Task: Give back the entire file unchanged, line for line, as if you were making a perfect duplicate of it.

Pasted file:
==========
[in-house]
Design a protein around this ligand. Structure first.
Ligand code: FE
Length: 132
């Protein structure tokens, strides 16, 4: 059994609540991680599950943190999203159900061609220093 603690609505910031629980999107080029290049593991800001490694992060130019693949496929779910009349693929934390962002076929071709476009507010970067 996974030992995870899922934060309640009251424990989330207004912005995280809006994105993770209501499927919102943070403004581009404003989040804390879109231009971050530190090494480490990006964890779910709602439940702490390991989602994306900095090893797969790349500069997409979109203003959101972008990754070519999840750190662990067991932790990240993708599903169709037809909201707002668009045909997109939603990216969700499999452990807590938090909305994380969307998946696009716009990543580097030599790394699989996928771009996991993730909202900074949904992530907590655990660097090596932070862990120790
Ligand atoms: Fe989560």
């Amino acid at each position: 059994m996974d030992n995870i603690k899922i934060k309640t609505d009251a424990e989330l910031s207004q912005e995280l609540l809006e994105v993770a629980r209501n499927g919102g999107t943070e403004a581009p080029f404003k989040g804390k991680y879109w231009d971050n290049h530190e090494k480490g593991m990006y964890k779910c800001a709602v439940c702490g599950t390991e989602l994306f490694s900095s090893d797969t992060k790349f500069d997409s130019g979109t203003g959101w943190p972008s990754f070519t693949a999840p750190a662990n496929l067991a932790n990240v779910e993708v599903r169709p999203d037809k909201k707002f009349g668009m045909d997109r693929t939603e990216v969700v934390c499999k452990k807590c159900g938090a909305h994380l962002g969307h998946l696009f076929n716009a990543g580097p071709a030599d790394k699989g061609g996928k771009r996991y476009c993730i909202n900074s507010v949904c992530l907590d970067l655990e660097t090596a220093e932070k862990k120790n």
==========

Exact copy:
[in-house]
Design a protein around this ligand. Structure first.
Ligand code: FE
Length: 132
């Protein structure tokens, strides 16, 4: 059994609540991680599950943190999203159900061609220093 603690609505910031629980999107080029290049593991800001490694992060130019693949496929779910009349693929934390962002076929071709476009507010970067 996974030992995870899922934060309640009251424990989330207004912005995280809006994105993770209501499927919102943070403004581009404003989040804390879109231009971050530190090494480490990006964890779910709602439940702490390991989602994306900095090893797969790349500069997409979109203003959101972008990754070519999840750190662990067991932790990240993708599903169709037809909201707002668009045909997109939603990216969700499999452990807590938090909305994380969307998946696009716009990543580097030599790394699989996928771009996991993730909202900074949904992530907590655990660097090596932070862990120790
Ligand atoms: Fe989560």
């Amino acid at each position: 059994m996974d030992n995870i603690k899922i934060k309640t609505d009251a424990e989330l910031s207004q912005e995280l609540l809006e994105v993770a629980r209501n499927g919102g999107t943070e403004a581009p080029f404003k989040g804390k991680y879109w231009d971050n290049h530190e090494k480490g593991m990006y964890k779910c800001a709602v439940c702490g599950t390991e989602l994306f490694s900095s090893d797969t992060k790349f500069d997409s130019g979109t203003g959101w943190p972008s990754f070519t693949a999840p750190a662990n496929l067991a932790n990240v779910e993708v599903r169709p999203d037809k909201k707002f009349g668009m045909d997109r693929t939603e990216v969700v934390c499999k452990k807590c159900g938090a909305h994380l962002g969307h998946l696009f076929n716009a990543g580097p071709a030599d790394k699989g061609g996928k771009r996991y476009c993730i909202n900074s507010v949904c992530l907590d970067l655990e660097t090596a220093e932070k862990k120790n």